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Who Can Buy or Sell the Sky?

Who Can Buy or Sell the Sky?


The Great Chief in Washington sends word that he wishes to buy
our land. The Great Chief also sends us words of friendship and
good will. This is kind of him.
Since we know he has little need of our friendship in return.
But we will consider your offer, for we know if we do not do so, the
white man may come with guns and take our land.
What Chief Sealth says, the Great Chief in Washington can count
on as truly as our white brothers can count on the return of the
seasons. My words are like the stars ~ they do not set.
How can you buy or sell the sky?
The warmth of the land?
The idea is strange to us.
Yet we do not own the freshness of the air
or the sparkle of the water.
How can you buy them from us? We will decide in our time.
Every part of this Earth is sacred to my people.
Every shining pine needle, every sandy shore, every mist in the
dark woods, every clearing and humming insect is holy in the
memory and experience of my people.
We know that the white man does not understand our ways.
One portion of the land is the same to him as the next,
for he is a stranger who comes in the night and
takes from the land whatever he needs.
The earth is not his brother, but his enemy, and when he has
conquered it, he moves on. He leaves his fathers’ graves,
and his children’s birthright is forgotten.
The sight of your cities pains the eyes of the Redman.
But perhaps it is because the Redman is a savage and does not
understand. There is no quiet place in the white man’s cities.
No place to hear the leaves of spring or the rustle of insects’ wings.
But perhaps because I am a savage and do not understand ~
the clatter only seems to insult the ears. And what is there to life if
a man cannot hear the lovely cry of a hippoorwill or the arguments
of frogs around a pond at night? The Indian prefers the soft sound
of the wind darting over the face of the pond,
and the smell of the wind itself cleansed by a mid-day rain,
or scented with a Pinon pine. The air is precious to the Redman.
For all things share the same breath ~ the beasts, the trees,
the man. The white man does not seem to notice the air
he breathes. Like a man dying for many days, he is numb to the
stench. If I decide to accept, I, will make one condition.
The white man must treat the beasts of this land as his brothers.
I am a savage and I do not understand any other way. I have seen
a thousand rotting buffalo bodies left by the white man who shot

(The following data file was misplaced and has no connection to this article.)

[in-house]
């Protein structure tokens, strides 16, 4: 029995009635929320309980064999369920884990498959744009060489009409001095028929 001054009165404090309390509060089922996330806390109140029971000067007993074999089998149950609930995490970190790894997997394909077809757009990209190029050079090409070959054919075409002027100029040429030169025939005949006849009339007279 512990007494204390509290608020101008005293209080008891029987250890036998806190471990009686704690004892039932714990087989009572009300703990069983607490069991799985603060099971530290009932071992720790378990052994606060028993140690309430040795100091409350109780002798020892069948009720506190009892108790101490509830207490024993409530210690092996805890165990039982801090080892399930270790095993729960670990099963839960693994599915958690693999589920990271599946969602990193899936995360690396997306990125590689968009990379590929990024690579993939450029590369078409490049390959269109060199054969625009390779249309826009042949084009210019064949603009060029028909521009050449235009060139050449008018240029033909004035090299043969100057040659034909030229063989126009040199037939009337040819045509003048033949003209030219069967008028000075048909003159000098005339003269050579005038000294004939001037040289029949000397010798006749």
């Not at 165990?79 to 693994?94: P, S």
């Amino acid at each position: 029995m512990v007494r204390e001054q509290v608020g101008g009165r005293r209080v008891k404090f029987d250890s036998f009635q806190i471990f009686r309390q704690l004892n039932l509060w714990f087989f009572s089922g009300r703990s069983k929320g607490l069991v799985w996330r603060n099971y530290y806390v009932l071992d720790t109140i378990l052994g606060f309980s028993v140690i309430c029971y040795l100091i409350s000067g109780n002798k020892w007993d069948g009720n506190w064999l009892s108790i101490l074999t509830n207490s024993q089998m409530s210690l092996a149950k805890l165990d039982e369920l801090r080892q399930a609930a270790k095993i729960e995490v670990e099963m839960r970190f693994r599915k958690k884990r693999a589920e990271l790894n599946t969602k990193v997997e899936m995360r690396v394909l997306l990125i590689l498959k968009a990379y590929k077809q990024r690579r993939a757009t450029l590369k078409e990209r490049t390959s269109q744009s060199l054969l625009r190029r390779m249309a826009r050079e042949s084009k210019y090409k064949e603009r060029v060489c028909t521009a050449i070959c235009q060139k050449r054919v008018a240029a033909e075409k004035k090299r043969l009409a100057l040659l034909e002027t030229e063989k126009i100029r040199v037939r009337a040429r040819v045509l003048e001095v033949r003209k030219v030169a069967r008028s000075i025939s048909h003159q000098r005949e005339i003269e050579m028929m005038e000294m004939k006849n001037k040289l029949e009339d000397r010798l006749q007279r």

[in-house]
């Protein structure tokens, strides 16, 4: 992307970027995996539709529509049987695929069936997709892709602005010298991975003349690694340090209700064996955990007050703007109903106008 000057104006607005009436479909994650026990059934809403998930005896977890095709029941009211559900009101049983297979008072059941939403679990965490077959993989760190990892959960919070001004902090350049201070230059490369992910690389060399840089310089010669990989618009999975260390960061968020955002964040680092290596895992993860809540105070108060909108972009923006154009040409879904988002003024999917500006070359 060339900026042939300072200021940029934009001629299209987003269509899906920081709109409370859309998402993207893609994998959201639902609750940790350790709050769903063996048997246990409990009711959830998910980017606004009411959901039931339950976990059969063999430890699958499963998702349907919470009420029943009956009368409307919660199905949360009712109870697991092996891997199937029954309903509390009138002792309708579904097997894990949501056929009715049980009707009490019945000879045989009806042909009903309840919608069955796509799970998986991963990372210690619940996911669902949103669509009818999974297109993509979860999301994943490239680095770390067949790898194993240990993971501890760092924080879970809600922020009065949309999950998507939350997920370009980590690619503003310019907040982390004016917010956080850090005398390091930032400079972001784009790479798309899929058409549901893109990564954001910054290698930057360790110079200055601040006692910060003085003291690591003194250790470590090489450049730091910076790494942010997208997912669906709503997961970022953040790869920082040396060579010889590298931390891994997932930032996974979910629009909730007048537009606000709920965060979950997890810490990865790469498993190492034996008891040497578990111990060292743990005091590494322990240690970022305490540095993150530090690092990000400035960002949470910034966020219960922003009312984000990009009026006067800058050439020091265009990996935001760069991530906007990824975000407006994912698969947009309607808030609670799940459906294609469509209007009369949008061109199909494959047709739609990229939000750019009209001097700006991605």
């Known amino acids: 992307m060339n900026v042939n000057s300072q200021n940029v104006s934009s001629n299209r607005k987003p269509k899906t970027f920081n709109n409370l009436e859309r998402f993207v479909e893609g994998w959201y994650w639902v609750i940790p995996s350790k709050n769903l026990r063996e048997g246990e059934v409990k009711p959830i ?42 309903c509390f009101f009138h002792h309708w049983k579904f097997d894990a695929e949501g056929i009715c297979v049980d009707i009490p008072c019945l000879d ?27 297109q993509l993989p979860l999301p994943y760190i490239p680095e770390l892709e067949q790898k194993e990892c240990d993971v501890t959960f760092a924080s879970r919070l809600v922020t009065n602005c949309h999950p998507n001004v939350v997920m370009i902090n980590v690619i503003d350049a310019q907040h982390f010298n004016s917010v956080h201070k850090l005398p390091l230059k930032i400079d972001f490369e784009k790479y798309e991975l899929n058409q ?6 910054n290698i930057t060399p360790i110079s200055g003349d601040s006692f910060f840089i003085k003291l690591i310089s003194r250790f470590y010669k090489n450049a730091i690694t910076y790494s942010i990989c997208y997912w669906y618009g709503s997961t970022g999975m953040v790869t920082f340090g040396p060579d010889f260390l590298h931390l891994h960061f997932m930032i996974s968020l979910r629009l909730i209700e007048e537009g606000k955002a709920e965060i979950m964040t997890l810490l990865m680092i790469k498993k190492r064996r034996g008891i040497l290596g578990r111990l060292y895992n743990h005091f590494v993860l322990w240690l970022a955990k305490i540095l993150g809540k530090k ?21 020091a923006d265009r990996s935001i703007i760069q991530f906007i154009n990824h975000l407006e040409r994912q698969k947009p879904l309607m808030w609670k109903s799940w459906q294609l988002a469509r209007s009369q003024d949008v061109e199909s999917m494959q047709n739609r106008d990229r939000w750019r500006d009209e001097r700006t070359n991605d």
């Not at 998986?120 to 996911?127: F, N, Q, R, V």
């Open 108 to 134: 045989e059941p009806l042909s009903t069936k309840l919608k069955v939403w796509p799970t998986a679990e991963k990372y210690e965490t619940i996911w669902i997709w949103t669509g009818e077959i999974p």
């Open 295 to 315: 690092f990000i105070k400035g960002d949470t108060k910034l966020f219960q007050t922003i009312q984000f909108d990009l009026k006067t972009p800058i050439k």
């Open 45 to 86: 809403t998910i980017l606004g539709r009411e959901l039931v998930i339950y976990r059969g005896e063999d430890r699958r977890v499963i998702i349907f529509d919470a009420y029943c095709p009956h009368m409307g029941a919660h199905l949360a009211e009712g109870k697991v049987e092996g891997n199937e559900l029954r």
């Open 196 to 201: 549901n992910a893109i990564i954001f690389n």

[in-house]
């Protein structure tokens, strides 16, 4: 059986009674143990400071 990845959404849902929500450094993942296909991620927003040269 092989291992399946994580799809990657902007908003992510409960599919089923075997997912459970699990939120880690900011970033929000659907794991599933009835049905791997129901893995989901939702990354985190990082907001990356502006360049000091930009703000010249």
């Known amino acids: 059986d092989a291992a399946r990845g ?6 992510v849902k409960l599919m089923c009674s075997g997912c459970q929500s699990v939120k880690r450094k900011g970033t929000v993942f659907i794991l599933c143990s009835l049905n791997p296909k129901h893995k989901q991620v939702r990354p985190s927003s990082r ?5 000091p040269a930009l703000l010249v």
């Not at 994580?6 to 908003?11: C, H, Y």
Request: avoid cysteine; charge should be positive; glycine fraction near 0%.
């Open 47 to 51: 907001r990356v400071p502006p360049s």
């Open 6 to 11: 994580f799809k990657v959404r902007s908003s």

them from a passing train. I am a savage and I do not understand
how the smoking iron horse can be more important than the buffalo
that we kill only to stay alive. What is man without the beasts?
If all the beasts were gone men would die from great loneliness
of spirit, for whatever happens to the beast also happens to man.
All things are connected. Whatever befalls the earth befalls the
sons and daughters of the earth. Our children have seen their
fathers humbled in defeat. Our warriors have felt shame.
And after defeat, they turn their days to idleness and contaminate
their bodies with sweet food and strong drink.
It matters little where we pass the rest of our days ~ they are not
many. A few more hours, a few more winters, and none of the
children of the great tribes that once lived on this earth, or that
roamed in small bands in the woods will be left to mourn the
graves of a people once as powerful and hopeful as ours.
One thing we know which the white man may one day discover.
Our God is the same God. You may think now that you own him as
you wish to own our land, but you cannot. He is the body of man.
And his compassion is equal for the Redman and the white.
This earth is precious to Him.
And to harm the earth is to heap contempt on its Creator.
The whites too shall pass, perhaps sooner than other tribes.
Continue to contaminate your bed, and you will one Night suffocate
in your own waste. When the buffalo are all slaughtered, the wild
horses all tamed, the secret corners of the forest heavy with the
scent of many men, and the view of the ripe hills blotted by talking
wires, where is the thicket? Gone. Where is the eagle? Gone.
And what is to say goodbye to the swift and the hunt, the end of
living and the beginning of survival. We might understand if we
knew what it was that the white man dreams, what hopes
he describes to his children on long winter nights,
what visions he burns into their minds, so they will wish for
tomorrow. But we are savages. The white man’s dreams
are hidden from us. And because they are hidden we will go on our
own way. If we agree, it will be to secure our reservation you have
promised. There perhaps we may live out our brief days as we
wish. When the last Redman has vanished from the earth, and the
memory is only the shadow of a cloud moving across the prairie,
these shores and forests will still hold the spirits of my people,
for they love this earth as the new born loves its mother’s
heartbeat. If we sell you our land, love it as we have loved it.
Care for it as we have cared for it. Hold in your mind the memory
of the land, as it is when you take it. And with all your strength,
with all your might, and with all your heart preserve it for your
children, and love it as God loves us all. One thing we know ~
our God is the same. The earth is precious to Him.
Even the white man cannot be exempt from the common destiny.
This letter, written in 1885 was sent to President
Franklin Pierce by Chief Sealth of the Duwamish tribe
of the State of Washington.
It concerns the proposed purchase of the tribe’s land.
Seattle a corruption of the Chief’s name, is built in the heart of
Duwamish land.